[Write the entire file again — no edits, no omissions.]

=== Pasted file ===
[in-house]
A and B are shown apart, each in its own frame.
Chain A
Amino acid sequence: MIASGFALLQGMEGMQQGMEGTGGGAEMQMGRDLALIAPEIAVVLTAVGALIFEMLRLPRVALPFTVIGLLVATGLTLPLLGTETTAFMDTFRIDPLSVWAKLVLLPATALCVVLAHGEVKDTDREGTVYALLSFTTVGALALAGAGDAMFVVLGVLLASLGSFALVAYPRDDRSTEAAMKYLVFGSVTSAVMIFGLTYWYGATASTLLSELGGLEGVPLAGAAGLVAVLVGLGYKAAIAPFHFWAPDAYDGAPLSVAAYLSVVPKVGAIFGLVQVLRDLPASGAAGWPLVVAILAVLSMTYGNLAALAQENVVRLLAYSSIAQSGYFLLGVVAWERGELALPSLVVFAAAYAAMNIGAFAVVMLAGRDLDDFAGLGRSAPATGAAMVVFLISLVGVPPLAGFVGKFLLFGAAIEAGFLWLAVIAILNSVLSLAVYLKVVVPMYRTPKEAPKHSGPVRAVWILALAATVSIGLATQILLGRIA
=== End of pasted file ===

[in-house]
A and B are shown apart, each in its own frame.
Chain A
Amino acid sequence: MIASGFALLQGMEGMQQGMEGTGGGAEMQMGRDLALIAPEIAVVLTAVGALIFEMLRLPRVALPFTVIGLLVATGLTLPLLGTETTAFMDTFRIDPLSVWAKLVLLPATALCVVLAHGEVKDTDREGTVYALLSFTTVGALALAGAGDAMFVVLGVLLASLGSFALVAYPRDDRSTEAAMKYLVFGSVTSAVMIFGLTYWYGATASTLLSELGGLEGVPLAGAAGLVAVLVGLGYKAAIAPFHFWAPDAYDGAPLSVAAYLSVVPKVGAIFGLVQVLRDLPASGAAGWPLVVAILAVLSMTYGNLAALAQENVVRLLAYSSIAQSGYFLLGVVAWERGELALPSLVVFAAAYAAMNIGAFAVVMLAGRDLDDFAGLGRSAPATGAAMVVFLISLVGVPPLAGFVGKFLLFGAAIEAGFLWLAVIAILNSVLSLAVYLKVVVPMYRTPKEAPKHSGPVRAVWILALAATVSIGLATQILLGRIA